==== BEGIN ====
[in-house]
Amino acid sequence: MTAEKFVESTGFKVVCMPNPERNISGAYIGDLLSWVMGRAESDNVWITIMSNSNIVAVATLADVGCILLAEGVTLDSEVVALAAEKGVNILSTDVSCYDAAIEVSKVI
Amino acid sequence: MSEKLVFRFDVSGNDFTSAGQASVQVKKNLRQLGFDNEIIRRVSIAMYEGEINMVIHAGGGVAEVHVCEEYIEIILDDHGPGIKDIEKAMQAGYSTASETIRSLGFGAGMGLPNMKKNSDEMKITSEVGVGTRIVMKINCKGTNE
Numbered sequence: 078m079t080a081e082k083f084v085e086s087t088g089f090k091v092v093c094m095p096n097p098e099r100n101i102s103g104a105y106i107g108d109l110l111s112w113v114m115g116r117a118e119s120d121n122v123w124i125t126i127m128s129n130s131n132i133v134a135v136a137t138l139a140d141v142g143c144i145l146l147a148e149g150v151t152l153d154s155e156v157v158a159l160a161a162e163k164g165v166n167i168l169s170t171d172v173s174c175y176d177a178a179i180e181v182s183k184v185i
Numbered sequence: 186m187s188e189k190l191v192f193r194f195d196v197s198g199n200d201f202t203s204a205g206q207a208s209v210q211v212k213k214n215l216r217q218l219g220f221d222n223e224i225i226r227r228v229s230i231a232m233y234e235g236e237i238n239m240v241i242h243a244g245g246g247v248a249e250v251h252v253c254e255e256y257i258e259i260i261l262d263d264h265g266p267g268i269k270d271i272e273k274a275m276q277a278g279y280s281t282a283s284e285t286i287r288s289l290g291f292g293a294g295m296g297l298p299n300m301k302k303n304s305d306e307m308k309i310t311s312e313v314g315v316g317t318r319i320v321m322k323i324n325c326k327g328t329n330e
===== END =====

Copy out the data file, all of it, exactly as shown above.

[in-house]
Amino acid sequence: MTAEKFVESTGFKVVCMPNPERNISGAYIGDLLSWVMGRAESDNVWITIMSNSNIVAVATLADVGCILLAEGVTLDSEVVALAAEKGVNILSTDVSCYDAAIEVSKVI
Amino acid sequence: MSEKLVFRFDVSGNDFTSAGQASVQVKKNLRQLGFDNEIIRRVSIAMYEGEINMVIHAGGGVAEVHVCEEYIEIILDDHGPGIKDIEKAMQAGYSTASETIRSLGFGAGMGLPNMKKNSDEMKITSEVGVGTRIVMKINCKGTNE
Numbered sequence: 078m079t080a081e082k083f084v085e086s087t088g089f090k091v092v093c094m095p096n097p098e099r100n101i102s103g104a105y106i107g108d109l110l111s112w113v114m115g116r117a118e119s120d121n122v123w124i125t126i127m128s129n130s131n132i133v134a135v136a137t138l139a140d141v142g143c144i145l146l147a148e149g150v151t152l153d154s155e156v157v158a159l160a161a162e163k164g165v166n167i168l169s170t171d172v173s174c175y176d177a178a179i180e181v182s183k184v185i
Numbered sequence: 186m187s188e189k190l191v192f193r194f195d196v197s198g199n200d201f202t203s204a205g206q207a208s209v210q211v212k213k214n215l216r217q218l219g220f221d222n223e224i225i226r227r228v229s230i231a232m233y234e235g236e237i238n239m240v241i242h243a244g245g246g247v248a249e250v251h252v253c254e255e256y257i258e259i260i261l262d263d264h265g266p267g268i269k270d271i272e273k274a275m276q277a278g279y280s281t282a283s284e285t286i287r288s289l290g291f292g293a294g295m296g297l298p299n300m301k302k303n304s305d306e307m308k309i310t311s312e313v314g315v316g317t318r319i320v321m322k323i324n325c326k327g328t329n330e